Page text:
Deadlift- the fundamental basis for muscle progression


The deadlift is a must-have exercise for beginners because it helps build strength in the body’s most important muscle group. It is an important exercise for experienced athletes as well – progress in performing most of the exercises depends on the strength of the back and leg muscles. But for safe training and hitting new PRs, it is important to perform the movement correctly in each phase. Movement always matters. Here are details of Deadlift- the fundamental basis for muscle progression.

Deadlift working muscles:

  • latissimus dorsi;
  • back extensors;
  • glutes;
  • biceps femoris;
  • quads.

Depending on the deadlift variations, when performed, you’ll feel different muscles working with each move. In each type of exercise, the finger flexors, biceps, deltoid muscles, trapeziums are additionally included in developing your strength.

Deadlift variations

The best deadlift depends on the set-up, performance technique which vary between the following variations of exercise:

  1. Classic style or weightlifting deadlift. It is performed stand with your feet shoulder-width apart. The back, glutes, hamstrings are engaged here. Suitable for beginners and experienced athletes.
  2. Sumo or powerlifting deadlift. A wide stand, when the toes are spread apart and almost touch the discs. During the movement, the main focus is on the leg muscles. Suitable for experienced athletes and beginners, especially those with a weak back.
  3. Romanian deadlift. Stand with your feet shoulder-width apart and toes forwards.  If it is difficult to keep your knees straight, you can bend a little, but not go into the squat position. In this style, the hamstrings and the upper part of the gluteus muscle are actively working. Recommended for experienced athletes with well-developed technique and developed back muscles.

Deadlifts can be performed with different equipment:

  • Barbells. The diameter, weight of the bar, knurling differ depending on the sport and the standard: European, American.
  • Trap bars. The trap bar deadlift is a deadlift variation that is done using a specialized bar. It is a unique barbell because of the way it is shaped. The middle has six sides (like a hexagon) that you stand inside of and grab the handles on both sides to pick it up. Due to the parallel grip during the exercise, it is easier to control and keep the back straight. This option helps beginners practice the correct technique.
  • Dumbbells. Allows you to perform all deadlift variations with different grip types and weight less than a bar. Involves more stabilizing muscles than when performing with a barbell.

Sometimes, when deadlift, rubber bands or chains are additionally used. They gradually increase the load during the upward movement, forcing the muscles to tense as much as possible in the final phase.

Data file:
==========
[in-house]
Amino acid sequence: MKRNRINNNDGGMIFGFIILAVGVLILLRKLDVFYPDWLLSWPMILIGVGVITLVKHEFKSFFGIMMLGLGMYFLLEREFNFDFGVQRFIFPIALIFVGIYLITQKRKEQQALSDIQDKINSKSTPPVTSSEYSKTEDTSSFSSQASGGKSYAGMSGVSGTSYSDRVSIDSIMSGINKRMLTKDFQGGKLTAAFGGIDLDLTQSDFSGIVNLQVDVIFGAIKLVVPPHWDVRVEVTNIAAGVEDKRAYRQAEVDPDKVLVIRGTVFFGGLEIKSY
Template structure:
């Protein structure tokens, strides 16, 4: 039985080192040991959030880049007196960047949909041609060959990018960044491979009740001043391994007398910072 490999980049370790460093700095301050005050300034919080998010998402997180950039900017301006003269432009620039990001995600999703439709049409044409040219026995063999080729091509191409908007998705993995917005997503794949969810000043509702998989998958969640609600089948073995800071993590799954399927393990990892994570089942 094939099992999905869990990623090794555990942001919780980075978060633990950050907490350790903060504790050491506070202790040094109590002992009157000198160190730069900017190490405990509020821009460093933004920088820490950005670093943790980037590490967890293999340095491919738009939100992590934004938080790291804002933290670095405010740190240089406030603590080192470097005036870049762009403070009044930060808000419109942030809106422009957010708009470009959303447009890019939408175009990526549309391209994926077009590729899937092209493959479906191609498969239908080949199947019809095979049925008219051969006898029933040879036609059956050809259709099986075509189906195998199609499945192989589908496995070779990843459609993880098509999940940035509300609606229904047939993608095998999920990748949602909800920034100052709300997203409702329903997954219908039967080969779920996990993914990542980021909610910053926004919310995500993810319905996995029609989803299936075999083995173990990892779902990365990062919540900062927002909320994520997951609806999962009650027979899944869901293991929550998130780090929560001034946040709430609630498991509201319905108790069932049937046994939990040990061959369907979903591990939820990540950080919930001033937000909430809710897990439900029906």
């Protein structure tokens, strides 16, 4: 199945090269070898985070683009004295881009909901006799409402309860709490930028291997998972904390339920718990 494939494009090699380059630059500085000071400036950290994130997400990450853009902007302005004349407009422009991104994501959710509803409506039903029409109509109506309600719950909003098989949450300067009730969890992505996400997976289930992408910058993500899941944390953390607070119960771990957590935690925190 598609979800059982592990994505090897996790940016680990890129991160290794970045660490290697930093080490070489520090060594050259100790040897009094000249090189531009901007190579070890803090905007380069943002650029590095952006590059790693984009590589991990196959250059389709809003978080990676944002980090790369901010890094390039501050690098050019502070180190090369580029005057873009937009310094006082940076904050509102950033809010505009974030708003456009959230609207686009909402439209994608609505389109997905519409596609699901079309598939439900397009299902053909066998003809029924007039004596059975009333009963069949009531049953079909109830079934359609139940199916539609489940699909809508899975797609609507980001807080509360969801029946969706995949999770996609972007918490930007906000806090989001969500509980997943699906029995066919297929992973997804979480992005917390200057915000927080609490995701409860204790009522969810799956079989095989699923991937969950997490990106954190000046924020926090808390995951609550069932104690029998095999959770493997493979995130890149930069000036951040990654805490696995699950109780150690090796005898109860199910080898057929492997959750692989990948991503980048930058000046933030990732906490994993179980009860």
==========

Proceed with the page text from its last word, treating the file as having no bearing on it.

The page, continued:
With a poor grip, a small palm, short fingers,  straps and wrist straps are used. These accessories will help you to hit the weight in training but are prohibited in certain sports in competitions.

What are the features of working with each tool and how to increase muscle strength using deadlifts, I explain in the DeadLift Cycle, designed for 12 weeks of training.

Technique mistakes.

There are some common mistakes in deadlifts that, at best, do not load the muscles as planned. At worst, the athlete is seriously injured. The most dangerous mistakes include:

  1. Too narrow stance, excessive toes out. This position reduces stability and the bar traction increases.
  2. Forward weight shift. In this position, the bar is more difficult to lift off the floor, it rises at a distance from the body, the load on the back muscles increases. The bar will also drift away from your shins.
  3. Don’t move your knees out. When an athlete lifts the barbell in this position, there is an extra load on the knee joint and lower back, which threatens injuries in these parts. The knees should be directed strictly along the line of the toes.
  4. Unsymmetrical bar grip. Because of it, the bar is imbalanced, the muscles receive an uneven load, the body is unstable.
  5. Rounded-back deadlifts. In this position, the back muscles are relaxed, the load on the lower back increases,  so the lower back tissues can be injured due to excessive loads.
  6. Hips too high. As a result the weight goes far forward, dramatically increasing the load on the lower back.

So you see, there’s no need to fear the deadlift! You will figure out your “problem area(s)” with the lift by using this mistakes checklist. How to avoid them and how to control yourself during training, you can find in a 12-week deadlift course.




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